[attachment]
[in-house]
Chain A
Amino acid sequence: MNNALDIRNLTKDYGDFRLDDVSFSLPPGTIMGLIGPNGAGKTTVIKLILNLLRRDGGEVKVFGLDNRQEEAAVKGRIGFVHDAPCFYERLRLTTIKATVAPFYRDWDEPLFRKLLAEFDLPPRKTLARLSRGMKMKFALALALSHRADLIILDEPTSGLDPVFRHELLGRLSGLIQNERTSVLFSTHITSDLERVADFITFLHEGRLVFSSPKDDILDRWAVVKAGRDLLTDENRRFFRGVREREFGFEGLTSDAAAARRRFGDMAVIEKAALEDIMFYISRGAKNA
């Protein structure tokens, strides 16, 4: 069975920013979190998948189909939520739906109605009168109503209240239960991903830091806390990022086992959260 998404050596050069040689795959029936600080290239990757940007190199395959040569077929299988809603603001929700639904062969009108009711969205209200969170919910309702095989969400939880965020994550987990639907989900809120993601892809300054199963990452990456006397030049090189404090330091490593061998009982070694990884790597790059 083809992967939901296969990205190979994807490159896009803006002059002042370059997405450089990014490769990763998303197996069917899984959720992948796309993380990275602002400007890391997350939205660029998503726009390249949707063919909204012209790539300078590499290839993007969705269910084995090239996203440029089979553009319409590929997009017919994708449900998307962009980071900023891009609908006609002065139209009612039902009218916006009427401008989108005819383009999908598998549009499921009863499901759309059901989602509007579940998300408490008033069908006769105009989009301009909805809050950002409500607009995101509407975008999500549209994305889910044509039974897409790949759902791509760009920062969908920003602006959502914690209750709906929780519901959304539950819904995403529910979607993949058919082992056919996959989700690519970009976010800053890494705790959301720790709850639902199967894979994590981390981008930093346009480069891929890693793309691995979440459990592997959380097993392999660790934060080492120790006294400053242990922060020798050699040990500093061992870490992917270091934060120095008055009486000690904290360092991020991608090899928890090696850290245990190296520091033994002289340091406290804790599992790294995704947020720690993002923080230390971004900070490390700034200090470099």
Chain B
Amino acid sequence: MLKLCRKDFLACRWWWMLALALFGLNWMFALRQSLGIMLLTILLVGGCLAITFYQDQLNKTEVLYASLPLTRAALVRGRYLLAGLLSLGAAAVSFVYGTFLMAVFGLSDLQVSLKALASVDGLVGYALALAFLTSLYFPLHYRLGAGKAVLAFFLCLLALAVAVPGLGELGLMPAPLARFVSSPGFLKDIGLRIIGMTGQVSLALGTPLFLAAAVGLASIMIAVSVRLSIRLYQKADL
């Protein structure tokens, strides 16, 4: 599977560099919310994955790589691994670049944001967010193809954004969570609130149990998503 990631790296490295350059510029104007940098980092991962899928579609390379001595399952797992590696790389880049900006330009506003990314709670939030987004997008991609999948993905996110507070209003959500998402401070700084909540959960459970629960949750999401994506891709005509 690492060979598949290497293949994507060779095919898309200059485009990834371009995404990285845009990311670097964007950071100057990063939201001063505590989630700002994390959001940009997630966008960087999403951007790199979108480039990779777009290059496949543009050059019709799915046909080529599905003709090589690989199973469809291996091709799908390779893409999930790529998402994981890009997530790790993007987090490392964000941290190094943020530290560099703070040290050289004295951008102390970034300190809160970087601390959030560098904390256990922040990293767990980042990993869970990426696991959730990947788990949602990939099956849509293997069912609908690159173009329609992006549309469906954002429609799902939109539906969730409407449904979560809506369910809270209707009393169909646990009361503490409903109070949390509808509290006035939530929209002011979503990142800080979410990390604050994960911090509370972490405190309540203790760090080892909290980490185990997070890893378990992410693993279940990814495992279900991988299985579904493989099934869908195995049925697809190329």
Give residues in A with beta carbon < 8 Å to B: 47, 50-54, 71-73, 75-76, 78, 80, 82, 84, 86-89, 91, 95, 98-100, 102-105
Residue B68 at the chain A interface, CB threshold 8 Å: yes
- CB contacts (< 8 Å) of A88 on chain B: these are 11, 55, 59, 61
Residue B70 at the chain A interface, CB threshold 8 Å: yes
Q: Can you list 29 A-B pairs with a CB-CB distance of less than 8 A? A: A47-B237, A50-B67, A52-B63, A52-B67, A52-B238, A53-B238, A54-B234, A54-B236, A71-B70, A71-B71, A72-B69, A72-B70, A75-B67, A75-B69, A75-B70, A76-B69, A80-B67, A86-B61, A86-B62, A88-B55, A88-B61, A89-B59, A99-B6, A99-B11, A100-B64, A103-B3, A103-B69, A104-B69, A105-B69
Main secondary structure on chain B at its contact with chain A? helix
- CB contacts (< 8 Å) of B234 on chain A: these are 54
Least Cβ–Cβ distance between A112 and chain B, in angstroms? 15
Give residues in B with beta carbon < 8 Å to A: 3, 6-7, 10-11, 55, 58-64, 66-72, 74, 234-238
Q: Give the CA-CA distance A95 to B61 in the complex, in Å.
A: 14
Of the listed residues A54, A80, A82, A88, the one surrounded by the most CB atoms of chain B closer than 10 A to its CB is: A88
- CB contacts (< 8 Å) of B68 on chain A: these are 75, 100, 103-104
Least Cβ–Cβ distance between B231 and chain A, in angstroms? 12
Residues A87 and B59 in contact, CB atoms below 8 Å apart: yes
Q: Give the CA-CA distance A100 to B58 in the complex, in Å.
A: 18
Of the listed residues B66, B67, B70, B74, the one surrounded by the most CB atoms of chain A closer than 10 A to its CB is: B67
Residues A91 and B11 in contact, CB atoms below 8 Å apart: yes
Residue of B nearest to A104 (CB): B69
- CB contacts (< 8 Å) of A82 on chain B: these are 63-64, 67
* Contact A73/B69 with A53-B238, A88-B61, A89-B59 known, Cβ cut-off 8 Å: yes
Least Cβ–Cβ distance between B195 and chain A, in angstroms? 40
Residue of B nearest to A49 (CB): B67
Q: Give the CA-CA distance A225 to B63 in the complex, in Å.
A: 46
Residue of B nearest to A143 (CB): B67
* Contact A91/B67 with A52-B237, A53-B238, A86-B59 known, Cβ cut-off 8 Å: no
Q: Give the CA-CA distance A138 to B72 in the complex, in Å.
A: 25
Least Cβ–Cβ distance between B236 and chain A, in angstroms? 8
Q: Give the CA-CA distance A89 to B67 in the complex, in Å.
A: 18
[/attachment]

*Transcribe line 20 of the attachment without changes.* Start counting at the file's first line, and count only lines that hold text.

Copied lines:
- CB contacts (< 8 Å) of B68 on chain A: these are 75, 100, 103-104